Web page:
It was Father’s Day, and I was about 11. It was the first year without my mom, and I was on my own for a gift.
Between Christmas and his birthday, I’d already given dad Soap on a Rope, English Leather and a “World’s Greatest Dad” statuette from Hallmark. How does a kid top that? I wasn’t yet allowed to take a bus to the mall or a train to the city, so I walked up Avenue J, my local shopping district, on a quest for the perfect gift.
The avenue was teeming with shops, but not the kind where you’d buy a Father’s Day present. There was a costume jewelry store, Ratchik’s bakery, a bagel shop, and a candy store by the train station that served old-fashioned malteds and sold magazines and comic books. There was a falafel shop, a kosher butcher, DiFara’s Pizza, the Joy Fong Chinese restaurant and a candle and incense shop my parents told me catered to hippies (to cover up the smell of “the marijuana”).
Further down the avenue were gems like the House of Hocus Pocus, but I didn’t think dad would like invisible ink or a deck of trick cards. And I definitely didn’t think I could score his present at the wig shop or matronly lingerie store, where women from the old country molested you with a tape measure, then brought out all kinds of under-armor fit for your Nana.
With nowhere else to turn, I ended up at my go-to gift spot: the Silver Rod Pharmacy, where I beelined it past the Fleet enemas and O’Henry bars, in search of something worthy of my father.
Like most men in the days prior to the high-tech era, dad loved gadgets. He had an electric shoe shine machine, a weather radio, a movie camera and projector, a tape recorder and a slide projector. I wanted to get him something to add to his collection.
Silver Rod had electric razors, but dad shaved the old-fashioned way. There were Kodak instamatic cameras and transistor radios, but dad already had those things.
That’s when I spotted a tall glass case with specialty items that required the help of a saleslady. There had to be good stuff in there, right? That merchandise was so special, it was under lock and key!
Peeking into the case, my eyes landed on an excellent gift … the gift of all gifts: a cordless personal neck massager. I just knew that would be a big hit!
You see, dad loved when we kids gave him massages. He’d get down on the carpet, while we watched The Six Million Dollar Man, and we’d karate chop him and walk on his back. In fact, one of his gadgets was a plug-in Oster massager where you slipped your fingers into these elastic bands, so a miniature motor could rest on the back of your hand. It vibrated my entire arm as I pounded on his back.
I hated that thing. It was heavy, made for the hand of an adult, and the vibrations gave me a headache. So when I saw the neck massager, I knew that was what I wanted to buy. I could give dad awesome back massages with that. And I wouldn’t have hand fatigue or run the risk of being electrocuted.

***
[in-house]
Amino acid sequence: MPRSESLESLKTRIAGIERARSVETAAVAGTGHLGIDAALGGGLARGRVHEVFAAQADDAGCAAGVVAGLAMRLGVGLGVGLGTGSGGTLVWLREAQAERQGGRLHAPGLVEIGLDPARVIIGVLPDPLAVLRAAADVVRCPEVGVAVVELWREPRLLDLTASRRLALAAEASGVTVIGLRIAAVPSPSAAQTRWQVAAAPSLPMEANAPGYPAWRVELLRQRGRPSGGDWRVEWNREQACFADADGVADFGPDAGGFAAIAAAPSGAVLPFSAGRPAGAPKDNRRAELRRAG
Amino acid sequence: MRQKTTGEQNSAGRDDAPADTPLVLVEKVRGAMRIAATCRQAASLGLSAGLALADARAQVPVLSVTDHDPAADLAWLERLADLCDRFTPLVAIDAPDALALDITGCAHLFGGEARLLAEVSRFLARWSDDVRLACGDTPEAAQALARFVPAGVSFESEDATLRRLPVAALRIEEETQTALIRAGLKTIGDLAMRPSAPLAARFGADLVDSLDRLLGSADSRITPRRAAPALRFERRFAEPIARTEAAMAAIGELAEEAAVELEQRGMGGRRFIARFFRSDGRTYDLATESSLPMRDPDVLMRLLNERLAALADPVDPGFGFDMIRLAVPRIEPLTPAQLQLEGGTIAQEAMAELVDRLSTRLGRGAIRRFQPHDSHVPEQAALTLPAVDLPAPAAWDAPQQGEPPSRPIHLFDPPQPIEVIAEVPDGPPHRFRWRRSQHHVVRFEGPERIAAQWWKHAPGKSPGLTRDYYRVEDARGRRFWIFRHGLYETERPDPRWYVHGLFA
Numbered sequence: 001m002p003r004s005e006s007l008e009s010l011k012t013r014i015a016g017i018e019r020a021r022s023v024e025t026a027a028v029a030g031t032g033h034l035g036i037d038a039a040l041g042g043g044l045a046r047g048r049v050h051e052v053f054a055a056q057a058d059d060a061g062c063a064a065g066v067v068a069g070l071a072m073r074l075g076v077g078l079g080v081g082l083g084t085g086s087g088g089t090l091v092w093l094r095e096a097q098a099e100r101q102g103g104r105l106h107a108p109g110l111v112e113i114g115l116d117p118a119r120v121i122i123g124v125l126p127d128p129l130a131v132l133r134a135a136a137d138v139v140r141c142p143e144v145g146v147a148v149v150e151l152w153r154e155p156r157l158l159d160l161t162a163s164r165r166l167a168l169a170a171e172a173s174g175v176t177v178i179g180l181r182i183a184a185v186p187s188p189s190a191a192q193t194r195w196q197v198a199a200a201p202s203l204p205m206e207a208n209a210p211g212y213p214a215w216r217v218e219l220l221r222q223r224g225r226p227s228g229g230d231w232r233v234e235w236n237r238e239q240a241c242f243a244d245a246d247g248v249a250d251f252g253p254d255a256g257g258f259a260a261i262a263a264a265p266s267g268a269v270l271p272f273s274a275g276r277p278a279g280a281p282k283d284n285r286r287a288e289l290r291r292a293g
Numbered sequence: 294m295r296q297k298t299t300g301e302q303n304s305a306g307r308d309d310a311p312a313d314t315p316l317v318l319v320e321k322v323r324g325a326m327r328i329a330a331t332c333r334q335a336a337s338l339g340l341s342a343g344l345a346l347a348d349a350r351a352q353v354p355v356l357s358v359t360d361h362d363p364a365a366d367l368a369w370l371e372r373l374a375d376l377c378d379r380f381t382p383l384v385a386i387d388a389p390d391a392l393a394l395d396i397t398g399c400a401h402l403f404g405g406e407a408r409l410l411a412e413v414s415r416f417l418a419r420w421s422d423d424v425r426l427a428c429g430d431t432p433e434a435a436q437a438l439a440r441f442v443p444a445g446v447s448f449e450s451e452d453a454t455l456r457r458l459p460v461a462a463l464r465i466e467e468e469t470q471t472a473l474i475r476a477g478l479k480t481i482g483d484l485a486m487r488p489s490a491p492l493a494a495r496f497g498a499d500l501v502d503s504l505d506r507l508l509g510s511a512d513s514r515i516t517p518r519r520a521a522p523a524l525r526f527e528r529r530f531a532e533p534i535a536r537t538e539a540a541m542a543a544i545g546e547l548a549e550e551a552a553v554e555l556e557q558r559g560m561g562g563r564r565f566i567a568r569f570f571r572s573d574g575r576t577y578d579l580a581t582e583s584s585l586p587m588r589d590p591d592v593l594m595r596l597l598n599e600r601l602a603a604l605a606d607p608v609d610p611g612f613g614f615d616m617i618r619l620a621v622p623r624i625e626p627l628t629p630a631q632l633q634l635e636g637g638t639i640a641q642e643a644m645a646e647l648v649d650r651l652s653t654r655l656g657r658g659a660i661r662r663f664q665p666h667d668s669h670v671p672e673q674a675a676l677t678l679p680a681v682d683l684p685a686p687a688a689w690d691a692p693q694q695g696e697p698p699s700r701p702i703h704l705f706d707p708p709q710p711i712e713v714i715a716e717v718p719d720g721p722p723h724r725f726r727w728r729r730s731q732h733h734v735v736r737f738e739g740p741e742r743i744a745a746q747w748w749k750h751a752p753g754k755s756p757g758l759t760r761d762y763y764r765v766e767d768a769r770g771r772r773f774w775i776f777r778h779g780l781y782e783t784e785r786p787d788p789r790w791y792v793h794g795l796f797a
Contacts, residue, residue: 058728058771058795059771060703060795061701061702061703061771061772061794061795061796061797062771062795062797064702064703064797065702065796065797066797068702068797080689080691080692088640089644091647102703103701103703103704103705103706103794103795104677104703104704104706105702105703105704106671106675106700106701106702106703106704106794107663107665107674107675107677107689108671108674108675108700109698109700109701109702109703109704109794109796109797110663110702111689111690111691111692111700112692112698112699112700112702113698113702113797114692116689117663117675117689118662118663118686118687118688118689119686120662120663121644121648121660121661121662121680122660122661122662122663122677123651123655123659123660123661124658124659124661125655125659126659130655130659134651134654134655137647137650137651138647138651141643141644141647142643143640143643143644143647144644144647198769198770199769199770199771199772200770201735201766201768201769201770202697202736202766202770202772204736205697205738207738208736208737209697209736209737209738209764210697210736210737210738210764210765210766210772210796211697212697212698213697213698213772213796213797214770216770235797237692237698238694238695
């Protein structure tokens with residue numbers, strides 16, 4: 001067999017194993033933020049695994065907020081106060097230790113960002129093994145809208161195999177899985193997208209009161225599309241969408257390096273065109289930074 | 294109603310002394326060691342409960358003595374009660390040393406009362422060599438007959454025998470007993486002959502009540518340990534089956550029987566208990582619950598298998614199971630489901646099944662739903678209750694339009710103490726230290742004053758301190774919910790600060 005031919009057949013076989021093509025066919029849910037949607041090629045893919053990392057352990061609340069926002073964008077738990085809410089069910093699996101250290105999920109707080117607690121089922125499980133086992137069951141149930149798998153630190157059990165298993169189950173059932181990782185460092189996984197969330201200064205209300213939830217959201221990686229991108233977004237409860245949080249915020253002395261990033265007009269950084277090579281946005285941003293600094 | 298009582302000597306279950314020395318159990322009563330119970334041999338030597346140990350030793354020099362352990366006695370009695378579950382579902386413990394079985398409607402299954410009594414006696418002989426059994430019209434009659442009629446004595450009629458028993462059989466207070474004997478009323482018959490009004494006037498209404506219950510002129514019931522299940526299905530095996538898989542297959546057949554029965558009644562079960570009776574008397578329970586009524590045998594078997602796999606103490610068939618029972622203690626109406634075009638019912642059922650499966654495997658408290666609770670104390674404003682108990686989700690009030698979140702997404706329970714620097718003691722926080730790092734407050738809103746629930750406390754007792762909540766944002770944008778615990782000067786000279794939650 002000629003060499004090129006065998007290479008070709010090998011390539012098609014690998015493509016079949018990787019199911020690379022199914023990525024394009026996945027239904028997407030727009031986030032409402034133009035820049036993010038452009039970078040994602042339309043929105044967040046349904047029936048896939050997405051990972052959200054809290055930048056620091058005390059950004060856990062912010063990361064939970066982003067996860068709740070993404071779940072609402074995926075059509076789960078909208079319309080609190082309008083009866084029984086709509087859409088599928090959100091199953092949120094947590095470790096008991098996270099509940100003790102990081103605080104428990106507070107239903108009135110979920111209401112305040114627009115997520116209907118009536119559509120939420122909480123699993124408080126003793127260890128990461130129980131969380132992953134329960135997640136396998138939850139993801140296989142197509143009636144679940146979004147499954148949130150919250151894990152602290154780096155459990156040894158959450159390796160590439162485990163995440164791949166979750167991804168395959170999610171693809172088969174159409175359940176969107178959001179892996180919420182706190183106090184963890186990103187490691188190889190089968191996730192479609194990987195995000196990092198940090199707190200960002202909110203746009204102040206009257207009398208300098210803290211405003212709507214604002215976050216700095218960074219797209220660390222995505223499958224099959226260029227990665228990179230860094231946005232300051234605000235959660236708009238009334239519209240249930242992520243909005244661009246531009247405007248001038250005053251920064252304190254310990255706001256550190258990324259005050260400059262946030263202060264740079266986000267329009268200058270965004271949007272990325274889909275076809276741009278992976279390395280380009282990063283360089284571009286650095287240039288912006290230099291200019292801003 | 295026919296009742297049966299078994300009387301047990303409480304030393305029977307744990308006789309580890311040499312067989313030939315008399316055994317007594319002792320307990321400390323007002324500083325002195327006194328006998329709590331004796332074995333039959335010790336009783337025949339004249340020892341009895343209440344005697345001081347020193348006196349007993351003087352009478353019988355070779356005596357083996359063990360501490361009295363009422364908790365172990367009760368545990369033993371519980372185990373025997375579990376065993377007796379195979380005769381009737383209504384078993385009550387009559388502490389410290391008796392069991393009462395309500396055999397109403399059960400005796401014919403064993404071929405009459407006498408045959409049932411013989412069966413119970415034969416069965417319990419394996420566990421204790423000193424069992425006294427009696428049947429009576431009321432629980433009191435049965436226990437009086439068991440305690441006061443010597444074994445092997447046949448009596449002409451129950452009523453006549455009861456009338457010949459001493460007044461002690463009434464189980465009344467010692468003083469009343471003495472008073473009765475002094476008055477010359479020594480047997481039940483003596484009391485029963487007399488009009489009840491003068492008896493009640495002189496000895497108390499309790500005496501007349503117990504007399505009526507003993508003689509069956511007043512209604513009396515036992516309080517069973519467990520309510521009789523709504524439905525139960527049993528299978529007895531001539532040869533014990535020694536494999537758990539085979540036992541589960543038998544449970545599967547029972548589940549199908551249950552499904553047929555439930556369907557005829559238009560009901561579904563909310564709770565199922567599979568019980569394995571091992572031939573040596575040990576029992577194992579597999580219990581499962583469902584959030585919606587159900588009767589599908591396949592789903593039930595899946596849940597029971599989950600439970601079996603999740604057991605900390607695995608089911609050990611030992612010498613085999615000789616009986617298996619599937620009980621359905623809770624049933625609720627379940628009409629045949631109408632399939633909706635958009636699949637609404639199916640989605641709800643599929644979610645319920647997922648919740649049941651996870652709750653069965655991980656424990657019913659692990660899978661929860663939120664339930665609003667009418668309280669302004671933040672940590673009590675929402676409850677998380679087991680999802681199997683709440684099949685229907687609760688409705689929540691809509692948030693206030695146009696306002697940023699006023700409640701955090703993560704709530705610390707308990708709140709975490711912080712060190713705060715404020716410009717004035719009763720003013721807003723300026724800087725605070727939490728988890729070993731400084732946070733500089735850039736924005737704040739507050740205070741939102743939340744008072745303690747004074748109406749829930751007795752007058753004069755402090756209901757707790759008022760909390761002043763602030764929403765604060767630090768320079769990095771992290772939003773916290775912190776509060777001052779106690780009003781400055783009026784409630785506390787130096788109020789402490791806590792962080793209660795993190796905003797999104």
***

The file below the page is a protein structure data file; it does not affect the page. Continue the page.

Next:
The neck massager in the case was ideal for soothing back, neck or chin pain, according to the booklet. Who on earth massages their chin, I wondered? Still, it said this handy little device could massage all different muscles that are tense from overwork.
Perfect, I thought. My dad was a surgeon, who left the house at 5 a.m. for his operations, and he worked late nights in the emergency room. He was always exhausted and achy.
The box said the vibrations were calming and stimulated your circulation for a genuine feeling of refreshment.
Perfect again! Dad needed refreshment. He could be on his feet for eight hours straight when he was in surgery. This was just what he needed to relieve soreness, fatigue and tight muscles.
My gift was high-tech at its finest in 1974. The new massager was lightweight, battery-operated and, at $8.95, I could totally afford it. So I handed over the change from my Snoopy bank, took it home, wrapped it up, and hid it in my closet, behind my Mystery Date game.
And that’s where my memory ends. I have absolutely no recollection of giving my dad his gift or his reaction. I’m sure he “oohed” and “aahed,” as dads do, whether you give them an expensive tie or a treasure box made of Popsicle® sticks. But I definitely remember that the gift remained in his closet, unused.
This all came back to me recently in a ‘Nam-like flashback, as I was driving down the highway and passed a sign for an adult superstore. In a moment of clarity, I burst out laughing as my 40-year-old repressed memory took shape in my head: the narrow rectangular box with a picture of a lady, her head tilted back, as she gently held this massage wand to her neck and shoulder … the booklet that promised deep, “penetrating comfort.”
“Oh my God,” I shrieked to my husband, laughing and snorting so hard, I could barely breathe. “I gave my dad a vibrator.”
I’m sure it was, indeed, meant to get rid of muscle tension, increase circulation and leave a user feeling refreshed … but having lived half a century now, I’m now quite certain it was never meant for one’s chin.
Today “personal massagers” have been rebranded and are sold in every size, shape, color and material in stores patronized exclusively by adults. These shops are easily identified, because they’re usually named after felines (“The Lion’s Den” … “The Pink Pussycat Boutique”) or the destination one hopes to reach with their purchase (“The Pleasure Chest” … “Early to Bed” … “Shag”). The packaging is mostly transparent, and there is little question as to the product inside or its purpose.
So, fortunately, today’s innocents will be saved the debilitating shame and horror I now feel.
I gave my daddy a sex toy for Father’s Day.
The lady at Silver Rod helped me do it.
And while I usually like to create a buzz, if you’ll excuse me, I need to go call a therapist.